3 reasons Celtic supporters should be excited by the Kyogo Furuhashi signing
For many supporters, the Celtic signing of Kyogo Furuhashi was a moment to sit up and take notice of what the Bhoys are up to this summer.
Transfer malaise has been a definite thing over the last month or so, despite the arrival of Osaze Urhoghide. Even the Liel Abada signing, while welcome, didn’t scream Ange Postecoglou.
But, Celtic spending the guts of £5m on an exciting attacker from the J1-League, presumably at the direct request of Postecoglou gives us reason to be cheerful.
Why so buoyant, you ask? Here are three reasons why…
First and foremost, he just looks like a quality player
Furuhashi’s numbers, recent form, playing style and general profile all say to me this guy has something about him.
If you take this season alone, he’s banged in 15 goals in 21 appearances for Vissel Kobe – one of the top teams in Japan. Given he plays predominately on the left-wing, it’s hard not to think of him as a Scott Sinclair-esque ace in the hole. Someone who can drift into the box and tuck the ball away as efficiently as an out-and-out striker.
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Not only is his attacking output high and dribbling above average, but he clearly fits well into Postecoglou’s philosophy of pressing the opposition from the front. Tackling and possession wins in the attacking half are both well above average for his role.
Further to all this, he seems to be improving all the time towards an eventual peak. At 26 he has now broken into the Japan national team, for whom he hasn’t disappointed. He already has three goals and two assists in World Cup qualification.
We’re getting a player on the cusp of bigger and better things as an individual.
The Furuhashi signing says a lot about Celtic intent this summer
Let’s face it, we’ve all been anxious at various points this summer, despite the Postecoglou appointment. I’m all in on our new boss. However, his success and failure will also depend on the backing of the Celtic board.
This signing is firm proof that if Ange wants something at the club and we are in a financial position to provide it, we will.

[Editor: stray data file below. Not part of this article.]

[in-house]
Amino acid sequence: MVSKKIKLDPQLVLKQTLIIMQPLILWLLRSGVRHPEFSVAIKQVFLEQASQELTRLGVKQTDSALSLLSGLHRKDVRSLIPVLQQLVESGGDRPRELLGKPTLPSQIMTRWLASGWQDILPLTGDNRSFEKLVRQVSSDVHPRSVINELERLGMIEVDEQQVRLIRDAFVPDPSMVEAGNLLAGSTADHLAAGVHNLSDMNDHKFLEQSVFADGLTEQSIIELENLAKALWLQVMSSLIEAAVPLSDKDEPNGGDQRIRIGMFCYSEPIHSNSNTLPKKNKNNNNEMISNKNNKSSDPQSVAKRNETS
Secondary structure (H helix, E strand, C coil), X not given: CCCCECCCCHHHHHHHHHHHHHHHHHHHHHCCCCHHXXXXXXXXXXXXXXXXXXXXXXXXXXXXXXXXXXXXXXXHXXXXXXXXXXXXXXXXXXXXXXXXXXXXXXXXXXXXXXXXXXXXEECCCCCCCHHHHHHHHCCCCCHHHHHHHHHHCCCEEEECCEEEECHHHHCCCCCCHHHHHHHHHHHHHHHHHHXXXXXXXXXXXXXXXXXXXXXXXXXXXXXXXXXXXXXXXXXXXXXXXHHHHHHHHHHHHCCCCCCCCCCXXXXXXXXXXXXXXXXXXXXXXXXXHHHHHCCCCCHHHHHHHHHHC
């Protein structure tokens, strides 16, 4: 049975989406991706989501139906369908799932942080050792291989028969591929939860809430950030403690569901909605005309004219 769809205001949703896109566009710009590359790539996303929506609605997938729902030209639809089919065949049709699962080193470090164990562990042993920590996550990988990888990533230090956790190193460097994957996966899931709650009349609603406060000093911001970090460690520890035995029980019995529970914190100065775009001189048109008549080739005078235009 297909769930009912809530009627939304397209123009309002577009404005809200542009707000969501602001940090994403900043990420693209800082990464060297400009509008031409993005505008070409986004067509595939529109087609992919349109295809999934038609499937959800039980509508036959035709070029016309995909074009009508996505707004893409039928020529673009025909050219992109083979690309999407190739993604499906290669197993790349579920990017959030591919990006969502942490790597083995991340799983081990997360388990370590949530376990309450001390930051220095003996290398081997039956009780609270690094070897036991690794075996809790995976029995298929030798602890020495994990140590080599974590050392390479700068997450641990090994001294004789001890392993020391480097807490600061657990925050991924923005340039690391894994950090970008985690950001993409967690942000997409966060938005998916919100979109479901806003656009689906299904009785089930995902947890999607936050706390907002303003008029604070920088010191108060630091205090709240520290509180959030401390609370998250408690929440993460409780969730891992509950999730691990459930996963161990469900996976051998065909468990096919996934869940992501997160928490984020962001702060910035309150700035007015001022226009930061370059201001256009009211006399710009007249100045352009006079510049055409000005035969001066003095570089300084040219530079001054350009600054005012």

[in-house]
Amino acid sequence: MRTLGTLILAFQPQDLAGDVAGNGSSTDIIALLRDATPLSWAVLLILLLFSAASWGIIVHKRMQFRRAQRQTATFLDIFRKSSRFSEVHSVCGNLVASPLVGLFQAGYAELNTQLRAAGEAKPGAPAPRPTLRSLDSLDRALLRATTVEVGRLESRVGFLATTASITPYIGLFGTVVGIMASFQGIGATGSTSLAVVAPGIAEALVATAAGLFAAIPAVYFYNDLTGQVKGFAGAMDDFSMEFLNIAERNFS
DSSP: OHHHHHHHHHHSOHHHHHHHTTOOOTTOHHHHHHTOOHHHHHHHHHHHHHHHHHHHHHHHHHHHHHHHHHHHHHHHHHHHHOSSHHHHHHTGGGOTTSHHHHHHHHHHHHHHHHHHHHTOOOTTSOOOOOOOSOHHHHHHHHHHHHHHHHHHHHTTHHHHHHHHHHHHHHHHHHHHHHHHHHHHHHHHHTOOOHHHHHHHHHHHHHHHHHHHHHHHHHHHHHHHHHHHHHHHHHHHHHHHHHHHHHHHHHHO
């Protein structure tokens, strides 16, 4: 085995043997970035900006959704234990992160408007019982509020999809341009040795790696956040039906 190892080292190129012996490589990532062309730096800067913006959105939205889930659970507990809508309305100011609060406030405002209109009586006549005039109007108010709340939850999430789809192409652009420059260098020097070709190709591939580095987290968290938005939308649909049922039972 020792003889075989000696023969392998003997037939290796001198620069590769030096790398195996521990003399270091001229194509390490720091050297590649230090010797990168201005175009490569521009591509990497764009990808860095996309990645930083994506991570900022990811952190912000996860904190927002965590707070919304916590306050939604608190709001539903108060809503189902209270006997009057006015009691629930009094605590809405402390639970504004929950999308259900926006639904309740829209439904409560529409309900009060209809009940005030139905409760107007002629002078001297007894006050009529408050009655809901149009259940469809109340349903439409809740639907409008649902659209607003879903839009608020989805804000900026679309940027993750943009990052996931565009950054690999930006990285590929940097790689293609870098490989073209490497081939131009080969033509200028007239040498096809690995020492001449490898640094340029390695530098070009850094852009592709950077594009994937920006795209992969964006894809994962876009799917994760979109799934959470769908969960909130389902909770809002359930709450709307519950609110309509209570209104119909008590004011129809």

I sincerely doubt Furuhashi would be at Celtic right now without the boss in place. Although we’ve enjoyed Japanese greatness before, it’s not a market the Bhoys have pursued much, especially in recent years.
Supporters really needed a signing from the club that said, “Doubters, here’s something to swallow.” It delivers that on day one, before we even see the new attacker in action.
He’s already been compared to legends and learned from the best but wants to leave his own legacy
Most people when they think of Japan and Celtic will think of one man, Shunsuke Nakamura. One of my favourites ever to wear the Hoops, Nakamura was simply sensational during his time in Scotland.
Comparisons are going to be obvious with Furuhashi in the door, but it’s not the first time he’s been compared to the Japanese legend.
In his own words, he said of the comparisons, as quoted by The Scottish Sun: “As a child, my hero was Ronaldinho and swimmers like Ian Thorpe and Michael Phelps, but that all changed once I started playing with David Villa and Andres Iniesta.
“I have been compared with a few players like Shunsuke Nakamura, Hidetoshi Nakata and Keisuke Honda. All three were great players and are legends in Japan. But I want to carve my own name in the history books. I don’t want to be the new anyone.
“I consider myself fast, explosive and I can play in any forward position. But most of all I absolutely hate losing.
“Much of my education came from playing with Iniesta and Villa. When it was announced they were coming, I thought to myself, ‘am I really going to be playing with these legends I watched on TV?’ They are spectacular players and have been an absolute treasure for my football development.”
That confidence and determination to step out of others shadows and be his own man bodes well. That’s the kind of attitude we need at Celtic Park. It’s all well and good having talent, but if you don’t have that die hard winning mentality, you simply don’t succeed in Glasgow.
This, as much as anything, is reason to be optimistic about Furuhashi’s arrival.